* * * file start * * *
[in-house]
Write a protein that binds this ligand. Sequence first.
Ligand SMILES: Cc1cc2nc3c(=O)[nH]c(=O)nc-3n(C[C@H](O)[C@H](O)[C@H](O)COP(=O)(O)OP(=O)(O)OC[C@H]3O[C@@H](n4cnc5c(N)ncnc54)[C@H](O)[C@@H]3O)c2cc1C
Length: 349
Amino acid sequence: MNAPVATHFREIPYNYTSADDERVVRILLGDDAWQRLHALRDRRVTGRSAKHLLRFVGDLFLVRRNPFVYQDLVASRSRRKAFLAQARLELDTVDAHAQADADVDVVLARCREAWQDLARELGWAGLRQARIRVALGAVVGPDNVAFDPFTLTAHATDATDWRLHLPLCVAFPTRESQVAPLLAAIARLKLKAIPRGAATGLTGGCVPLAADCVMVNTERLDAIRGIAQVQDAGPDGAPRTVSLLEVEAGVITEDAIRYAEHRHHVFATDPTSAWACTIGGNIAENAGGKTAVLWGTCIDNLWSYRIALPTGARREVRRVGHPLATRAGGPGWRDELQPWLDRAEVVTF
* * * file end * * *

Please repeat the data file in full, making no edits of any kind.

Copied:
[in-house]
Write a protein that binds this ligand. Sequence first.
Ligand SMILES: Cc1cc2nc3c(=O)[nH]c(=O)nc-3n(C[C@H](O)[C@H](O)[C@H](O)COP(=O)(O)OP(=O)(O)OC[C@H]3O[C@@H](n4cnc5c(N)ncnc54)[C@H](O)[C@@H]3O)c2cc1C
Length: 349
Amino acid sequence: MNAPVATHFREIPYNYTSADDERVVRILLGDDAWQRLHALRDRRVTGRSAKHLLRFVGDLFLVRRNPFVYQDLVASRSRRKAFLAQARLELDTVDAHAQADADVDVVLARCREAWQDLARELGWAGLRQARIRVALGAVVGPDNVAFDPFTLTAHATDATDWRLHLPLCVAFPTRESQVAPLLAAIARLKLKAIPRGAATGLTGGCVPLAADCVMVNTERLDAIRGIAQVQDAGPDGAPRTVSLLEVEAGVITEDAIRYAEHRHHVFATDPTSAWACTIGGNIAENAGGKTAVLWGTCIDNLWSYRIALPTGARREVRRVGHPLATRAGGPGWRDELQPWLDRAEVVTF